Congress moves to tighten food stamp rules
Updated at 7:10 p.m.
Washington – A massive farm bill approved by the House Agriculture Committee Wednesday would end food stamp benefits for many childless adults in 114 Connecticut towns, unless those beneficiaries get a job or work training.
The Supplemental Nutrition Assistance Program, or SNAP, the official name for the food stamp program, and other nutrition assistance programs make-up about 80 percent of the farm bill’s $100 billion budget authority.
It’s a popular program with farmers, anti-hunger advocates and many lawmakers. But House Republicans are concerned the program is a disincentive for many who would otherwise pull themselves out of poverty.
Rep. Mike Conaway, R-Texas, chairman of the House Agriculture Committee and drafter of the five-year farm bill, said food stamps “are essential to helping many Americans feed themselves and their families.” But, he said, he also wanted the SNAP program to be “a springboard out of poverty to a good-paying job, and opportunity for a better way of life.”
Democrats say the changes to the food stamp program, which aim to save about $9 billion, are a mean-spirited degradation of a program that has been a bulwark of the social safety net for more than 50 years.
In Connecticut, about 400,000 residents, or 200,000 households, are enrolled in food stamps.
On Wednesday, on a party-line vote, the Agriculture Committee approved the farm bill with Conway’s changes to the food stamp program. They will require “Able-Bodied Adults Without Dependents,” or ABAWD’s to obtain at least 20 hours of work or worker training a week to qualify for benefits.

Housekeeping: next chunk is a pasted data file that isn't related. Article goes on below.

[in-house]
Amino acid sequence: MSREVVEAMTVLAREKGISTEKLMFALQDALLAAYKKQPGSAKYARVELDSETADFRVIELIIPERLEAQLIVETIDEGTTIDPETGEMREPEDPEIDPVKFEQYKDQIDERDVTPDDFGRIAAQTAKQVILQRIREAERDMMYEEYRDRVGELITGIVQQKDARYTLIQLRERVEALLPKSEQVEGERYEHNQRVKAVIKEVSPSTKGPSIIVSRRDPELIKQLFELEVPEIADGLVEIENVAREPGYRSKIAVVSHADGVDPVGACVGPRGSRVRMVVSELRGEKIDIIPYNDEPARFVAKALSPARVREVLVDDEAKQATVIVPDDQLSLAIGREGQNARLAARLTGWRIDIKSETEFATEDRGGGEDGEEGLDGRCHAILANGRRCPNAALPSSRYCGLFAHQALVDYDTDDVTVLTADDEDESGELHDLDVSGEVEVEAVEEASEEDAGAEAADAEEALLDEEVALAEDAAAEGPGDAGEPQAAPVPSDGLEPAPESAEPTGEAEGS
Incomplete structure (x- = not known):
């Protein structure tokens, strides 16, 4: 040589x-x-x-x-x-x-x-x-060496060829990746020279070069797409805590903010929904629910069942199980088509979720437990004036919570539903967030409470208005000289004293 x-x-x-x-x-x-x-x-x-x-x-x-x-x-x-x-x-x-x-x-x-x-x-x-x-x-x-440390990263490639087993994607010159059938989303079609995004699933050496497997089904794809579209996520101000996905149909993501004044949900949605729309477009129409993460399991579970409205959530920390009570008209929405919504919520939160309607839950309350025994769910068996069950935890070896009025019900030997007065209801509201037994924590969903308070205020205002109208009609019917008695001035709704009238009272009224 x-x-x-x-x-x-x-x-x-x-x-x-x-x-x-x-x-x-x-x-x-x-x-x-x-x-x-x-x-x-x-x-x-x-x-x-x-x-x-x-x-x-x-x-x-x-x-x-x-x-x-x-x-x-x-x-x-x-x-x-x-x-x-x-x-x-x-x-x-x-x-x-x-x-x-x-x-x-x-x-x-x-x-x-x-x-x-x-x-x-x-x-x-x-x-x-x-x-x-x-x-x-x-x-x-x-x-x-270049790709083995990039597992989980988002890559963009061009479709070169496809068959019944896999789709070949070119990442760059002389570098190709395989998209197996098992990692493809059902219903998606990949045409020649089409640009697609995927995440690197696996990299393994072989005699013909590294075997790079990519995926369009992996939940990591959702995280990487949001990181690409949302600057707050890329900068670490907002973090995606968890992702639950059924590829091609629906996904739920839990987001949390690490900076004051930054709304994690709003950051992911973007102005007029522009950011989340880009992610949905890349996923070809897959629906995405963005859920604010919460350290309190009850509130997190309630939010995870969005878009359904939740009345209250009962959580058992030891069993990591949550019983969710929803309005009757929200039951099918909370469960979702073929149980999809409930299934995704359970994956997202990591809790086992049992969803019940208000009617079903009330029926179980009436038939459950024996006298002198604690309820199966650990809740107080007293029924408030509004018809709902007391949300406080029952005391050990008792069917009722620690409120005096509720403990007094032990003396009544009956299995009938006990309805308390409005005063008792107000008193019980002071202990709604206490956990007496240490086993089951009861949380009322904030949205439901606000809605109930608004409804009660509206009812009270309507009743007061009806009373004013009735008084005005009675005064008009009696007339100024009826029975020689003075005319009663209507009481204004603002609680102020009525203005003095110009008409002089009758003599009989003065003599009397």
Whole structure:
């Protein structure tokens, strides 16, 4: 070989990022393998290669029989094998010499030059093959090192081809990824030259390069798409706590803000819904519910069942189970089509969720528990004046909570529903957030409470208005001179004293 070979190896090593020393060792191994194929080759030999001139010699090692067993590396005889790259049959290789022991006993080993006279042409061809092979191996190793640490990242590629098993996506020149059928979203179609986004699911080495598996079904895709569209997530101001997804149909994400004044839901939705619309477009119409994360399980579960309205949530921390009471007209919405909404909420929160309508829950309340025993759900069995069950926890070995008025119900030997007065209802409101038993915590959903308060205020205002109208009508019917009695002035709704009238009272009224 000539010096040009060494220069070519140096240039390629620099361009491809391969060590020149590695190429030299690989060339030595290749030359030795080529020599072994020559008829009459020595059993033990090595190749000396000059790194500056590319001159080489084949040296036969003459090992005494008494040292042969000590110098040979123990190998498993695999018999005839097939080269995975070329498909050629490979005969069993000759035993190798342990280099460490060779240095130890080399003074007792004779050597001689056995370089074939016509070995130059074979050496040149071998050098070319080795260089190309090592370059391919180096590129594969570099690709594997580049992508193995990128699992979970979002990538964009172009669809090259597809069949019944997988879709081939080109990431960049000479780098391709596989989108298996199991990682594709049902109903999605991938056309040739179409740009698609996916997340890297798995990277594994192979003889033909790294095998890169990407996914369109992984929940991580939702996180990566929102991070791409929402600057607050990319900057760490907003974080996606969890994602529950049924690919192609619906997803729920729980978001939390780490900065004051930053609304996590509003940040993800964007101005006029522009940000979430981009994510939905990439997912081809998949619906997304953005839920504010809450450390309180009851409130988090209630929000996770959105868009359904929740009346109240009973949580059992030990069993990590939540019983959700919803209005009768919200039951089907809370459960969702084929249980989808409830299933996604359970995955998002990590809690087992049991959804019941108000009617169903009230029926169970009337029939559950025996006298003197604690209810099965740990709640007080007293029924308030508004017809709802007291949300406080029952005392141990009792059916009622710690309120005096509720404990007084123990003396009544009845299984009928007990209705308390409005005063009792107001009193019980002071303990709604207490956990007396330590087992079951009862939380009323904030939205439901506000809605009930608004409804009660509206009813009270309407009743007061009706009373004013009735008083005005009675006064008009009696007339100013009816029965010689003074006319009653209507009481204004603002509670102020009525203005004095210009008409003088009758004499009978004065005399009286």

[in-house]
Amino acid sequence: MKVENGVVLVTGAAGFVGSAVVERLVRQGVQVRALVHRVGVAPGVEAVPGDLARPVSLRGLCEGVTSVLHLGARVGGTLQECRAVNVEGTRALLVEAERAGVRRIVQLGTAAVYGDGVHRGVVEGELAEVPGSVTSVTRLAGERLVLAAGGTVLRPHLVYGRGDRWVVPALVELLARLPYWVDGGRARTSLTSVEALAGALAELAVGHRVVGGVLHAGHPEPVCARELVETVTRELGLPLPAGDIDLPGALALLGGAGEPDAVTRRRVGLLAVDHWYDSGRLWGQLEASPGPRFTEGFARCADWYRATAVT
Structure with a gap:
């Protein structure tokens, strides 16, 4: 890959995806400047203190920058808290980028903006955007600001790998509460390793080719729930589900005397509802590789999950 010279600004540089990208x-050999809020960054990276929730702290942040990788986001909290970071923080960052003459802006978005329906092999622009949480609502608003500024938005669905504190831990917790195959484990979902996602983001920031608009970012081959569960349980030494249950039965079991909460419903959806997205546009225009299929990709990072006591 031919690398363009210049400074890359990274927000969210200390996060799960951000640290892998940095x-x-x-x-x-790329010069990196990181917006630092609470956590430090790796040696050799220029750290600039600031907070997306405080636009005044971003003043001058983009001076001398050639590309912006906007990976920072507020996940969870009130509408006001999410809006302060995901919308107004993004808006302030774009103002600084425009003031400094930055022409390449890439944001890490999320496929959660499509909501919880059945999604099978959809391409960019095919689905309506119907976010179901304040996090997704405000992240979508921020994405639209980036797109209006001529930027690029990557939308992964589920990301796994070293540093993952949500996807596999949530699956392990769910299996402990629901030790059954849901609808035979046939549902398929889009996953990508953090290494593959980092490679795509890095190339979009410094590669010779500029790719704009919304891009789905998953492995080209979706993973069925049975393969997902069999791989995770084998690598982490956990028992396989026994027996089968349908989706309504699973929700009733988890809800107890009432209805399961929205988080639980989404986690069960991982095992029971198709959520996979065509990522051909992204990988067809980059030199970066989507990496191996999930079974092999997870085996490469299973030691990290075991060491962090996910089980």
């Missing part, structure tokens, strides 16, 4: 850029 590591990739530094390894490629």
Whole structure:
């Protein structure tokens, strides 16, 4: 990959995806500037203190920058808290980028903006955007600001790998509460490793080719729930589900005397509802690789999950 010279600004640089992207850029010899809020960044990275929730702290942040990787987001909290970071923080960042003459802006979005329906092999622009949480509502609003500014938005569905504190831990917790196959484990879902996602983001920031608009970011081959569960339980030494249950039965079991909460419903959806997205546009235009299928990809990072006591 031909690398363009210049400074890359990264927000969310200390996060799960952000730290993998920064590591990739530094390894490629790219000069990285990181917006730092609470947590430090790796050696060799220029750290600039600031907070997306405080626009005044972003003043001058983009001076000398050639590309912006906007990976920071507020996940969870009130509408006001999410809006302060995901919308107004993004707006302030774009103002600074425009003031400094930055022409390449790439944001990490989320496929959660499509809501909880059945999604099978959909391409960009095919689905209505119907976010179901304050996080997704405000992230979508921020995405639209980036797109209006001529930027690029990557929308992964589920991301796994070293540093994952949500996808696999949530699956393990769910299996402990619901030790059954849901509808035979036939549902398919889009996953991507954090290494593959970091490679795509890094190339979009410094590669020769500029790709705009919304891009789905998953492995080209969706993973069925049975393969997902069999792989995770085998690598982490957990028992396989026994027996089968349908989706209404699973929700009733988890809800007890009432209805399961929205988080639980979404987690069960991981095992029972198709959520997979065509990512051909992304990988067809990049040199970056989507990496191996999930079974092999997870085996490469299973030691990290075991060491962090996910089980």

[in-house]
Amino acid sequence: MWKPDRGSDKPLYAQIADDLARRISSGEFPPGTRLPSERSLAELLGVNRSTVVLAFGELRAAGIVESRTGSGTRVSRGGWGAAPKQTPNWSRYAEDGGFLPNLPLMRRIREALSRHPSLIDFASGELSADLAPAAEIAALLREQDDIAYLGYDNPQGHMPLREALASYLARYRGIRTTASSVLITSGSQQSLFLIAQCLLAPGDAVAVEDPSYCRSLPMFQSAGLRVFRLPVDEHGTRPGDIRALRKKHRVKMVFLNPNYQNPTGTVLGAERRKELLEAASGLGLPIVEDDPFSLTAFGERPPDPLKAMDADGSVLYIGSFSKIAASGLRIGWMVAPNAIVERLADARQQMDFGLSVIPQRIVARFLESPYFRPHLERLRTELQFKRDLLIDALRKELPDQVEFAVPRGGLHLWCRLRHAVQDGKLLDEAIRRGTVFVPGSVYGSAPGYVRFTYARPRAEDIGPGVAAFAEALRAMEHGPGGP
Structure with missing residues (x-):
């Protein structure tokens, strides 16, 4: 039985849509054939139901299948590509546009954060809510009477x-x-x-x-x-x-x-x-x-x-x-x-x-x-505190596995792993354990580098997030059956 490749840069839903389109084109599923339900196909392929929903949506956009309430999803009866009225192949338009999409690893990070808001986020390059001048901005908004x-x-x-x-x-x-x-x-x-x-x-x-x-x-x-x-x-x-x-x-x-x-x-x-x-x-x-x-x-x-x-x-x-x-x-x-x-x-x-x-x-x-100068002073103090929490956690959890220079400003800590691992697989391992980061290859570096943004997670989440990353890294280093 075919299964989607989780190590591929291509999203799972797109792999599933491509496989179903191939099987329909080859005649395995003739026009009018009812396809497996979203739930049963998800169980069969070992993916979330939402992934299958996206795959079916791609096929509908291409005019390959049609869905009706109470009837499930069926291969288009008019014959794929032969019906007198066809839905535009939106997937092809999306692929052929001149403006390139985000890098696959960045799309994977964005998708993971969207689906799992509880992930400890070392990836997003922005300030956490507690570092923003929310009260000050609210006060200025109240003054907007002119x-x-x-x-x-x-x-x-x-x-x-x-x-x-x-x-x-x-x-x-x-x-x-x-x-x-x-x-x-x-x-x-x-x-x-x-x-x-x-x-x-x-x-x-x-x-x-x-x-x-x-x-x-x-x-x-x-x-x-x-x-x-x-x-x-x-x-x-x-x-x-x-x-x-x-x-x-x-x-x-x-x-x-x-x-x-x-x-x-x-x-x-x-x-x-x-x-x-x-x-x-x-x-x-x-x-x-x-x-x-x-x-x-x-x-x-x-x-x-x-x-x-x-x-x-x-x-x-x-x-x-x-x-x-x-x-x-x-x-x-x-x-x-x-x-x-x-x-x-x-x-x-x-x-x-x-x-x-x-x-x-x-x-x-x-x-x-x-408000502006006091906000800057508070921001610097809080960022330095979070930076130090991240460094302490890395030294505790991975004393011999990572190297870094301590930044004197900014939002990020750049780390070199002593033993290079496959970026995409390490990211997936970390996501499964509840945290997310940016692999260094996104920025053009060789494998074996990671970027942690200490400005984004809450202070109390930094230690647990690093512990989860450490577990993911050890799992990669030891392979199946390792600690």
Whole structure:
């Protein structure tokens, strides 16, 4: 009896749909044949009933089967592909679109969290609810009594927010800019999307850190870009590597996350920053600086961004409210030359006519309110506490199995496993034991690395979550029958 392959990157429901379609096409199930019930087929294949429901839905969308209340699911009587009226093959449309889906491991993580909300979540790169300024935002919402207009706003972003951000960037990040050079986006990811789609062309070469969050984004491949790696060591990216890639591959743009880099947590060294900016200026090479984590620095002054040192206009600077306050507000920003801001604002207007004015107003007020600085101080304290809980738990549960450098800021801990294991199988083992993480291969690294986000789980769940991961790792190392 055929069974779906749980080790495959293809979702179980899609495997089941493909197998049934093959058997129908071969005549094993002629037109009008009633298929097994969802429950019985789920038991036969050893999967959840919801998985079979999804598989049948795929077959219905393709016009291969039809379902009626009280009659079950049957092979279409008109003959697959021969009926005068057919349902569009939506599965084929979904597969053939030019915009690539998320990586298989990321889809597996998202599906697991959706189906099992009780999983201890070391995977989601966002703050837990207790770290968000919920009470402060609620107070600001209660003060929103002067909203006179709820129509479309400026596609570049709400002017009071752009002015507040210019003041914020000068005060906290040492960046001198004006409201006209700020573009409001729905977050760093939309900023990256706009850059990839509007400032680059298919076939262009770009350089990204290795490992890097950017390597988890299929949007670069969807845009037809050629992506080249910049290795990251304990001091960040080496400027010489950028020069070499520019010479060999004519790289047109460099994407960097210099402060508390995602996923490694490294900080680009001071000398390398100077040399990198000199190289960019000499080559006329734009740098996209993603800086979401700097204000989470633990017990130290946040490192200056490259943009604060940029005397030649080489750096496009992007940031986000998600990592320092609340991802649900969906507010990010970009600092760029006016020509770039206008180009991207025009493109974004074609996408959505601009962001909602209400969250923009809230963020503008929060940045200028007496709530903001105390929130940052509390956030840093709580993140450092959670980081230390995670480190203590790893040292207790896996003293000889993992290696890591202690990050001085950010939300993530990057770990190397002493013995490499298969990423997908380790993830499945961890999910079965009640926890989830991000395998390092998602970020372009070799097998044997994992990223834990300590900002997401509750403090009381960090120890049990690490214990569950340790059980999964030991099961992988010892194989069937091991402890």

Currently, the state has a waiver from those requirements for those living in 114 Connecticut towns that have an average unemployment rate that is at least 20 percent above the national average. Bridgeport, New Haven and Waterbury are among the towns exempt from the work and job training requirements.
If the farm bill, as written, becomes law, the Connecticut’s waiver and similar ones given to other states would be invalidated as of 2021.
The farm bill also would change the definition of an ABAWD from a person between the ages of 18 and 49 who has no dependents and is not disabled to a person between the ages of 18 and 59 who is childless and is not disabled.
Conaway, however, has rejected a White House idea that SNAP recipients receive food boxes that would take the place of about half of the money they receive on Electronic Benefits Transfer (EBT) cards.
He also included in the farm bill a new $7 billion grant program to help states fund training programs for ABAWD’s who are at risk of losing their benefits.
Rep. Rosa DeLauro, D-3rd District, has blasted the farm bill “as a betrayal of working families and our most vulnerable — imposing onerous requirements on up to 6.5 million Supplemental Nutrition Assistance Program (SNAP) recipients.”
“The food stamp program is essential to keep people from going hungry, helping more than 44 million Americans in 2016 alone, including nearly 35,000 families in Connecticut’s Third District,” DeLauro said.
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